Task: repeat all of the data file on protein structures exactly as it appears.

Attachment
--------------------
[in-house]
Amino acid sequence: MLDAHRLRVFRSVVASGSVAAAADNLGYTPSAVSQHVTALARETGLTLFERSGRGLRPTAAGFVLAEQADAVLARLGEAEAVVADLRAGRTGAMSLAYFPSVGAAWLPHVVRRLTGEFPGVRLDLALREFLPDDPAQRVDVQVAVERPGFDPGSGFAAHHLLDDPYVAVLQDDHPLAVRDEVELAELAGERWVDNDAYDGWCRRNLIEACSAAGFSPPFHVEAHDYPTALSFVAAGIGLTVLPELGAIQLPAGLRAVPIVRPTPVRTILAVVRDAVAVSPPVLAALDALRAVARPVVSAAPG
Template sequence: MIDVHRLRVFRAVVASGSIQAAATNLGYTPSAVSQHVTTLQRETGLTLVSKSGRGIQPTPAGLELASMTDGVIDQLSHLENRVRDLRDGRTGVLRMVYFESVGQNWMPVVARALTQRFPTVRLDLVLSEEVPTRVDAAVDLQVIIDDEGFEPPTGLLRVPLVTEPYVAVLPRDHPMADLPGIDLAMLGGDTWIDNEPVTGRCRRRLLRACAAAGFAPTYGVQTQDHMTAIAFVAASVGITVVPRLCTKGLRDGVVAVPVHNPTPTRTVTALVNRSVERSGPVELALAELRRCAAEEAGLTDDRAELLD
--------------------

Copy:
[in-house]
Amino acid sequence: MLDAHRLRVFRSVVASGSVAAAADNLGYTPSAVSQHVTALARETGLTLFERSGRGLRPTAAGFVLAEQADAVLARLGEAEAVVADLRAGRTGAMSLAYFPSVGAAWLPHVVRRLTGEFPGVRLDLALREFLPDDPAQRVDVQVAVERPGFDPGSGFAAHHLLDDPYVAVLQDDHPLAVRDEVELAELAGERWVDNDAYDGWCRRNLIEACSAAGFSPPFHVEAHDYPTALSFVAAGIGLTVLPELGAIQLPAGLRAVPIVRPTPVRTILAVVRDAVAVSPPVLAALDALRAVARPVVSAAPG
Template sequence: MIDVHRLRVFRAVVASGSIQAAATNLGYTPSAVSQHVTTLQRETGLTLVSKSGRGIQPTPAGLELASMTDGVIDQLSHLENRVRDLRDGRTGVLRMVYFESVGQNWMPVVARALTQRFPTVRLDLVLSEEVPTRVDAAVDLQVIIDDEGFEPPTGLLRVPLVTEPYVAVLPRDHPMADLPGIDLAMLGGDTWIDNEPVTGRCRRRLLRACAAAGFAPTYGVQTQDHMTAIAFVAASVGITVVPRLCTKGLRDGVVAVPVHNPTPTRTVTALVNRSVERSGPVELALAELRRCAAEEAGLTDDRAELLD